We moved to this house in May 1983, when second son was a couple months old. Our neighbors to the east were friends of my in-laws, and the lady had arranged for a welcome/ birthday party for our then 3 year-old son.
Our neighbors across the street to the north were invited. Their oldest daughter is about 8 months older than our oldest son, and they played together just fine on the porch and catching lightning bugs in the yard.
I felt very welcome, indeed.
A couple weeks later, again we found ourselves on the neighbor’s concrete porch, this time with a huge bowl of popcorn to share.
The little girl, called PJ then, announced there was a baby in her mommy’s belly.
Her mom looked taken aback, but sputtered that Yes, it was true,
the Due Date would be close to Christmas.
Having a new baby myself, and the depression which followed, I didn’t do anything extra about being a great neighbor.
There were play dates, and greetings while doing yardwork, but much of memory is a blur.
Sometimes sewing tips or rhubarb crisp was involved.
The birth announcement was in the newspaper on a cold, snowy blowy day, during a month when I was trying to keep a crawling baby away from the kerosene heater because the power wasn’t reliable. Christmas Eve Services were cancelled, which tells how bad the weather was.
After the Spring thaw, when neighbors were doing more than nods in the breeze, I finally got to hold baby girl Rachel Ann. She’d had troubles from birth. She seemed so tiny next to my son, who was walking by then.
Over the years, we have been ‘house’ neighbors, but not ‘best friend’ neighbors. Enough information that says we are holding our own with life, not great, not dreadful.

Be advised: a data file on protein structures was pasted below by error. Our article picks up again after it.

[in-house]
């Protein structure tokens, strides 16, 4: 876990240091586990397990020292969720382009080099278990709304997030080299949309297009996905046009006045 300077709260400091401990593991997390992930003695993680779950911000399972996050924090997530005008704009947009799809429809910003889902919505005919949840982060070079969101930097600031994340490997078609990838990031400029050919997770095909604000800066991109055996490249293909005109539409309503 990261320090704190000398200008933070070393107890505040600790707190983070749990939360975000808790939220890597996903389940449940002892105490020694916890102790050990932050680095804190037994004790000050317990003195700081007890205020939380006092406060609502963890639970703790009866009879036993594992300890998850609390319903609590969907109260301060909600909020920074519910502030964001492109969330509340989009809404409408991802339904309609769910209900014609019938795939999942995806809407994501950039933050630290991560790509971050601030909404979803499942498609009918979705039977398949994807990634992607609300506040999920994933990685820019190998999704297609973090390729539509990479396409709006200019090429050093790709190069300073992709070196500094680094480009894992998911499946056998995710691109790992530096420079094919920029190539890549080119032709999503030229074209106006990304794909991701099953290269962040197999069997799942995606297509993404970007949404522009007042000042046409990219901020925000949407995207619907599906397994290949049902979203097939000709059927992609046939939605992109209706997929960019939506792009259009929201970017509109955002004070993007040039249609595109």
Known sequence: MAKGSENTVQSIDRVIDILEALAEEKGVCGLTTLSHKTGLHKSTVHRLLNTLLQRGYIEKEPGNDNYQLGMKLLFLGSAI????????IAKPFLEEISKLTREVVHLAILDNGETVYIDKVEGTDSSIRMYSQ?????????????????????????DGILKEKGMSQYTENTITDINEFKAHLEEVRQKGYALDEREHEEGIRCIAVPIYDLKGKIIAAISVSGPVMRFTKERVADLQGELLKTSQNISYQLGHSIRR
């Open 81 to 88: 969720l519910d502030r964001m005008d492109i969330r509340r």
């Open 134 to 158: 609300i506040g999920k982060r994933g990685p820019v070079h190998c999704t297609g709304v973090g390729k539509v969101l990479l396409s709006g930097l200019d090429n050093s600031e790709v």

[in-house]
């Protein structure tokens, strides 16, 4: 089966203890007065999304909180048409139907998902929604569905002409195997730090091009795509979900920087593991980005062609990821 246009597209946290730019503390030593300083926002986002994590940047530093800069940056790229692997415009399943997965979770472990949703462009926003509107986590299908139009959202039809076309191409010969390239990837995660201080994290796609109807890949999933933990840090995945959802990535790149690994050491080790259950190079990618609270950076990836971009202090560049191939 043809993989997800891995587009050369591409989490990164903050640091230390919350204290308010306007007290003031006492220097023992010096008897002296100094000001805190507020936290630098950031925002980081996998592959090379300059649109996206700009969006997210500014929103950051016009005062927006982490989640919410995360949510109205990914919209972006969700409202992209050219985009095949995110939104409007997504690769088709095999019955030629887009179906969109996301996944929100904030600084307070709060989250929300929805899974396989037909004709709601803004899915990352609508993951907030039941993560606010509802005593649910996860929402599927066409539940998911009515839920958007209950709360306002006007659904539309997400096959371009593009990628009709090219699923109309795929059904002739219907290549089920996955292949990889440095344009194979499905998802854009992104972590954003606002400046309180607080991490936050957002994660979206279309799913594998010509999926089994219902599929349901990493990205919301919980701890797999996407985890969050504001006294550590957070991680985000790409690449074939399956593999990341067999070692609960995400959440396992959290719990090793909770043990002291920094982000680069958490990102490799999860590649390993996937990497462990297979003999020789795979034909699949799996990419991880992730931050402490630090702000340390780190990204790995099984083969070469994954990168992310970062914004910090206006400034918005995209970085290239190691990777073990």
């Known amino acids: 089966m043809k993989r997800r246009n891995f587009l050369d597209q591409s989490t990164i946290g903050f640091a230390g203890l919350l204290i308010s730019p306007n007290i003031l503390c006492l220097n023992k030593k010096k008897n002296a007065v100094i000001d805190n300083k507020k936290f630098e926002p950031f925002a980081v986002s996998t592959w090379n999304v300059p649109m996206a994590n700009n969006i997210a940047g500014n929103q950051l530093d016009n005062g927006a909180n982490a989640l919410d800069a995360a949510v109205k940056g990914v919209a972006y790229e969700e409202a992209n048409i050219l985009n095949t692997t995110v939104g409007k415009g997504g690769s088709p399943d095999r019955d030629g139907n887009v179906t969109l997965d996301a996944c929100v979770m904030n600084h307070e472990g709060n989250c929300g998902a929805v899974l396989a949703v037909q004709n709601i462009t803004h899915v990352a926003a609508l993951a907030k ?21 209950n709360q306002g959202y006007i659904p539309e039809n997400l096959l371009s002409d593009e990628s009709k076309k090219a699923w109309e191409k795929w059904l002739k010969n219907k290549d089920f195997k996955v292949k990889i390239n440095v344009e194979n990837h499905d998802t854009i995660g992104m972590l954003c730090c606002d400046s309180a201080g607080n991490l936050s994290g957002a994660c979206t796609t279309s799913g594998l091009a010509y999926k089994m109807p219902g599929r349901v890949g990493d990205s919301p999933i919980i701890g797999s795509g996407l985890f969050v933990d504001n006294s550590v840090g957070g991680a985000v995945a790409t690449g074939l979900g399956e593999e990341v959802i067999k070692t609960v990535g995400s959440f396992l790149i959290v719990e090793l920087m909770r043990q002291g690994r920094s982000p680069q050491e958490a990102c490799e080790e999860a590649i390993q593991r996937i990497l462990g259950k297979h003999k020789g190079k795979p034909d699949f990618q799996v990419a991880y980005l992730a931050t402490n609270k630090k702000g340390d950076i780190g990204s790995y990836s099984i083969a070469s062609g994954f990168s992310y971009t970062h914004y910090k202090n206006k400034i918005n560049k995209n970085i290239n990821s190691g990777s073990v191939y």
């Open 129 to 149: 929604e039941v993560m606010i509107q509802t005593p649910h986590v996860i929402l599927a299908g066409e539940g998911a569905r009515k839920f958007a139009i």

Yesterday, we got word that Rachel had passed away.
Her dad told my husband; her sister told me.
most of the obituary in this morning’s paper
Monday, May 28, 2007 12:49 AM CDT
Rachel Ann ++++++, 23, died at 8:35 p.m. Saturday (May 26, 2007) at her residence.
There will be no services.
She was born Dec. 27, 1983, in Normal, a daughter of Robert and Linda ++++++.
Surviving are her parents; her beloved sisters, Roberta and Phyllis; her special brother-in-law, Clinton; and a large extended family.
Rachel attended ___ Academy in Normal for 13 years and received her diploma. She was a member of ___ Church.
Rachel was a precious gift and loved by all who had the privilege of knowing her. She loved her sisters and her Aunt “Ebby” very much. She loved Jesus and praying with her special friends, Jane and Sue. Rachel was a selfless princess who captured the hearts of those around her. Her positive attitude and concern for others will never be forgotten. Even in her illness, Rachel was an encouragement to others.
She was loved very much and always surrounded by people who loved her.
Then came a personal request of me as a neighbor, quite unexpectedly, and which I was glad to accept and carry out.
It seems that Rachel loved to play with yarn. The craft store was one of her favorite shopping destinations.
I have a very dim memory of sitting on my front porch step with hook and yarn and trying to show Rachel how to loop crochet stitches. She didn’t quite get the idea, and I worried that it could be me being left-handed and unable to get the idea across.
She was good at tying knots, and so she worked what she called her macramé. Some very cute decorations.
On Sunday afternoon, her older sister came to my back porch with a bag of yarn in her hands. This one was special. Bright colors, soft.
Would I be willing to make this into some sort of small blanket to use as a keepsake of our Rachel?
This would be quite an honor. Oh yes.
So last evening I began a lap robe. I had to twice change up the hook size, and decided for the wooden one inherited fom my Grandma, who used it to make rag rugs.
This morning, I finished weaving in the ends, Husband took a couple pictures, I bagged it up along with a tiny cross enclosed in a sympathy card, and across the street I walked.
They cannot believe I worked all that yarn overnight.
They love the results.
~~love and Huggs, Diane